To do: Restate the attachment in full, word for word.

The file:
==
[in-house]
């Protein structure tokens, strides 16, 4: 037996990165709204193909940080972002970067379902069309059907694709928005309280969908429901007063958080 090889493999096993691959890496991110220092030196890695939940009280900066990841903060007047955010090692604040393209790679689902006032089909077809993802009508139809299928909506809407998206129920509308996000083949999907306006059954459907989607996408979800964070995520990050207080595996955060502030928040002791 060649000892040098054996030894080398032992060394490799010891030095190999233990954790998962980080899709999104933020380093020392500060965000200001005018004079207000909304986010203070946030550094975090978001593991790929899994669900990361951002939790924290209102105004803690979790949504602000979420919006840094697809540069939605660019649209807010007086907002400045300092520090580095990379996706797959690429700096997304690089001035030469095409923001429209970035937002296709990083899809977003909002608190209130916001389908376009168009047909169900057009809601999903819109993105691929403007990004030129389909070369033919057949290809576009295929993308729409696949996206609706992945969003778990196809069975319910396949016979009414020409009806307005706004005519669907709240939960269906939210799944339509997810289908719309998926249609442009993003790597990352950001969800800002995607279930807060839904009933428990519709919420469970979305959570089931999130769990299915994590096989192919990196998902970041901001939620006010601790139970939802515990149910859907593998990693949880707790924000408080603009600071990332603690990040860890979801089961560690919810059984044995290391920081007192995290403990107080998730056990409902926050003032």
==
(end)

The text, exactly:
[in-house]
């Protein structure tokens, strides 16, 4: 037996990165709204193909940080972002970067379902069309059907694709928005309280969908429901007063958080 090889493999096993691959890496991110220092030196890695939940009280900066990841903060007047955010090692604040393209790679689902006032089909077809993802009508139809299928909506809407998206129920509308996000083949999907306006059954459907989607996408979800964070995520990050207080595996955060502030928040002791 060649000892040098054996030894080398032992060394490799010891030095190999233990954790998962980080899709999104933020380093020392500060965000200001005018004079207000909304986010203070946030550094975090978001593991790929899994669900990361951002939790924290209102105004803690979790949504602000979420919006840094697809540069939605660019649209807010007086907002400045300092520090580095990379996706797959690429700096997304690089001035030469095409923001429209970035937002296709990083899809977003909002608190209130916001389908376009168009047909169900057009809601999903819109993105691929403007990004030129389909070369033919057949290809576009295929993308729409696949996206609706992945969003778990196809069975319910396949016979009414020409009806307005706004005519669907709240939960269906939210799944339509997810289908719309998926249609442009993003790597990352950001969800800002995607279930807060839904009933428990519709919420469970979305959570089931999130769990299915994590096989192919990196998902970041901001939620006010601790139970939802515990149910859907593998990693949880707790924000408080603009600071990332603690990040860890979801089961560690919810059984044995290391920081007192995290403990107080998730056990409902926050003032």